Even before the state’s bail-reform law takes effect Jan. 1, ending bail and pre-trial detention for most non-violent felonies and for all misdemeanors including robberies, where violence or its threat is an element of the crime, there’s reason for concern that the pendulum may be swinging too far against law-enforcement.
In some instances, the cause is inexplicable bail decisions by judges operating under the current law. Last month, a Bronx Criminal Court Judge released two men charged in separate shootings on their own recognizance even though they had a combined 21 arrests, many involving violence.
November began with a Manhattan Judge releasing without bail a man arrested on a fugitive warrant. Two days later, the Daily News reported, he attacked a Port Authority Police Officer, breaking his nose and damaging his eyeball, yet another Judge set bail at just $5,000.
Less than three weeks after Mayor de Blasio was crowing about approval of a plan to close Rikers Island and replace it with four neighborhood jails that could house just 3,300 inmates, he presided over a press conference at which top NYPD officials reported that homicides were up slightly compared to last year and robberies rose 16 percent in October.
Just as alarmingly, police arrested 82 juveniles on robbery charges last month—more than five times the number charged 12 months earlier. Earlier in October, the state’s Raise the Age law entered a new phase in which 17-year-olds are no longer held in adult prisons. That occurred even as violence committed by teenage detainees rose sharply in the year since 16-year-olds were transferred from Rikers Island to the Horizon Juvenile Center. The situation is bad enough that a Federal Monitor overseeing reforms characterized life at Horizon as a “culture of disorder that will be difficult to transform.”
The impression left by these developments, as we noted in this space just before the vote to close Rikers, should cause those clamoring for reform to pause and ask themselves whether they’ve moved prematurely and without thinking through the potential consequences.
Many of the changes were enacted in response to major system failures, as exemplified by the horrific treatment of Kalief Browder, who at age 16 began three years at Rikers—much of it in solitary confinement—on a dubious charge and wound up committing suicide at 22. But as disgraceful as the handling of his case was at all levels of the criminal-justice system, thankfully, such cases are rare. And unfortunately, more than a few of those arrested and then released without bail under the new law won’t be nearly as deserving of a break as Mr. Browder was.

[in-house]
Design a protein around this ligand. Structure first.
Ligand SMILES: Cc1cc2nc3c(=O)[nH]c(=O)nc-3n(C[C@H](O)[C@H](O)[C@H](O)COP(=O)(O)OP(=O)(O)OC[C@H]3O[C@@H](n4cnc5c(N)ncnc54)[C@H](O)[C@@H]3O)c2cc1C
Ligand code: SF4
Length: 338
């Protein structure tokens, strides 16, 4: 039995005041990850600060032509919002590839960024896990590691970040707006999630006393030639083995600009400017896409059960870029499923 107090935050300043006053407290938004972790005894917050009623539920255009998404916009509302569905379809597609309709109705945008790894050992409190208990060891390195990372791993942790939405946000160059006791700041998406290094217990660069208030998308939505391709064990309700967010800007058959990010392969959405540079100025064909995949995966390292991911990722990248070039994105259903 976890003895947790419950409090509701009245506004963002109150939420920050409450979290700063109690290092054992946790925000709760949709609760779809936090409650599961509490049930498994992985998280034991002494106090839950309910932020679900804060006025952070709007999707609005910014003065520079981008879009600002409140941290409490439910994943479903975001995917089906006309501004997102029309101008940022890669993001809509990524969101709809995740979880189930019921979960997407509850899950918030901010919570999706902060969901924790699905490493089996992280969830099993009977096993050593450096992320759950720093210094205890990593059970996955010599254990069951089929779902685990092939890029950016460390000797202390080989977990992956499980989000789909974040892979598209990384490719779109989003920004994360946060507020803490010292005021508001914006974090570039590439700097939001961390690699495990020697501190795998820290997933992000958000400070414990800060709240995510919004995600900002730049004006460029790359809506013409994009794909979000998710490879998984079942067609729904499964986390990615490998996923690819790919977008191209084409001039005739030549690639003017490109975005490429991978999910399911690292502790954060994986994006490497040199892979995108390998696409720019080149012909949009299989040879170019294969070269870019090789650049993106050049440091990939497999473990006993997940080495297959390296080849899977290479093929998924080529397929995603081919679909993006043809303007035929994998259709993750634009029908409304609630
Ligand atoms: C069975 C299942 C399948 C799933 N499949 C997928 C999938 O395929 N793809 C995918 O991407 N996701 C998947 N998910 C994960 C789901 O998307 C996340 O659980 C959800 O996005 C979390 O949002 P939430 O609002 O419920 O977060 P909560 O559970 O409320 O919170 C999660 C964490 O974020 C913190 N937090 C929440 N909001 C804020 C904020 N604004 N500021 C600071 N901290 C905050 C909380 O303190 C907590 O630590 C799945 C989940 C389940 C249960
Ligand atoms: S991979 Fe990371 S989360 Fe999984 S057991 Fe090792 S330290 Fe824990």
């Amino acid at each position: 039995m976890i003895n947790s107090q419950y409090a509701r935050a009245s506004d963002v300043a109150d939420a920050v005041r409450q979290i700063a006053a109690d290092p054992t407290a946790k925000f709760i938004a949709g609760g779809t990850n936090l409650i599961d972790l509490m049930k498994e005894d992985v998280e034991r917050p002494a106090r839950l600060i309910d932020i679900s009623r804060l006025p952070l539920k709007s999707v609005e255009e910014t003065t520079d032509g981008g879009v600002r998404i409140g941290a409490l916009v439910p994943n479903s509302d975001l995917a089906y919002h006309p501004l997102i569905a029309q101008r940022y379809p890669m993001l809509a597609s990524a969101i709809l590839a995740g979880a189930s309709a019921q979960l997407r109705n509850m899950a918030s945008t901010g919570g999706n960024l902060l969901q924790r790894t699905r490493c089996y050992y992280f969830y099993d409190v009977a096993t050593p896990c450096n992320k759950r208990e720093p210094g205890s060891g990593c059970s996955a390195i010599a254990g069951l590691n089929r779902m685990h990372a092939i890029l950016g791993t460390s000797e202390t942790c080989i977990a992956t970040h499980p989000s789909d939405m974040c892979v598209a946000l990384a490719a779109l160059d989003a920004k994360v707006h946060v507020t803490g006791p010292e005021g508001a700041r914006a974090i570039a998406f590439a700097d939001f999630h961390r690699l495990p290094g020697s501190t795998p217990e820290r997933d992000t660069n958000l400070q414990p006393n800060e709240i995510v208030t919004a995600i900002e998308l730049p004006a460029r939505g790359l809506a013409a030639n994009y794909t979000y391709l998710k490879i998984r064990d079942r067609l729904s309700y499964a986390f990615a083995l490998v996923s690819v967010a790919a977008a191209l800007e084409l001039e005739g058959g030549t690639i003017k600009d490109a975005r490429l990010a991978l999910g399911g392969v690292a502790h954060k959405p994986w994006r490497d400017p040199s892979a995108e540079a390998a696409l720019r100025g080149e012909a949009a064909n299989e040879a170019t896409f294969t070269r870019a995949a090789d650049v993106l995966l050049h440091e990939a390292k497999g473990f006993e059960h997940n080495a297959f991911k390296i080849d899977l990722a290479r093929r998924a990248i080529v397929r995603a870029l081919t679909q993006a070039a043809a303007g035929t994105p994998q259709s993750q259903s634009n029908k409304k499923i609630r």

But two developments harshly criticized by the Police Benevolent Association are not among the changes we believe are likely to prove harmful to the justice system. Both involve, in part, lying by cops: a ballot measure that was approved Nov. 5 increasing the powers of the Civilian Complaint Review Board, and the disclosure by Brooklyn District Attorney Eric Gonzalez to reporters of the names of seven officers his office will no longer call as witnesses because it has concluded they are not credible based on past behavior.
PBA President Pat Lynch charged that publicizing the identities of the cops “will destroy the careers of honest police officers and torpedo the cases against violent, gun-toting criminals—assuming his office bothers to prosecute them at all.”
But the degree to which lying by cops to bolster criminal cases has infected the justice system here was symbolized by the decision of Federal prosecutors in Brooklyn a couple of years ago to bring a case putting cops on trial for what has become known as “testilying.” The cops wound up being acquitted in February 2018, but the case served as a warning shot about just how pernicious the practice had become.
It won’t always take the form of framing a criminal suspect; sometimes it involves shading a few details, either to fill in blanks or provide justification for a search that ended with an arrest but did not arise from the legal standard of reasonable suspicion of criminal activity.
There are other prosecutors within the five boroughs who have compiled lists of officers they consider sketchy witnesses; Mr. Gonzalez is merely the first one to out them as untrustworthy.
Mr. Lynch is right: it will have the effect of harming their careers. But it became necessary, as did the CCRB measure, because for too long the NYPD looked the other way regarding testilying.
For all the PBA’s criticism of the CCRB—which has also been scorned by Police Commissioners who resent its intrusion on their prerogatives—a vocal union campaign against the ballot measure had no impact in a low-turnout election: the proposal was approved by nearly three-quarters of those who voted.
That is a message from the public: condoning lying to make cases undermines confidence in the system. As the NYPD braces for changes in other areas that may do more harm than good, its officers can’t be seen as less than honest or the whole system suffers.
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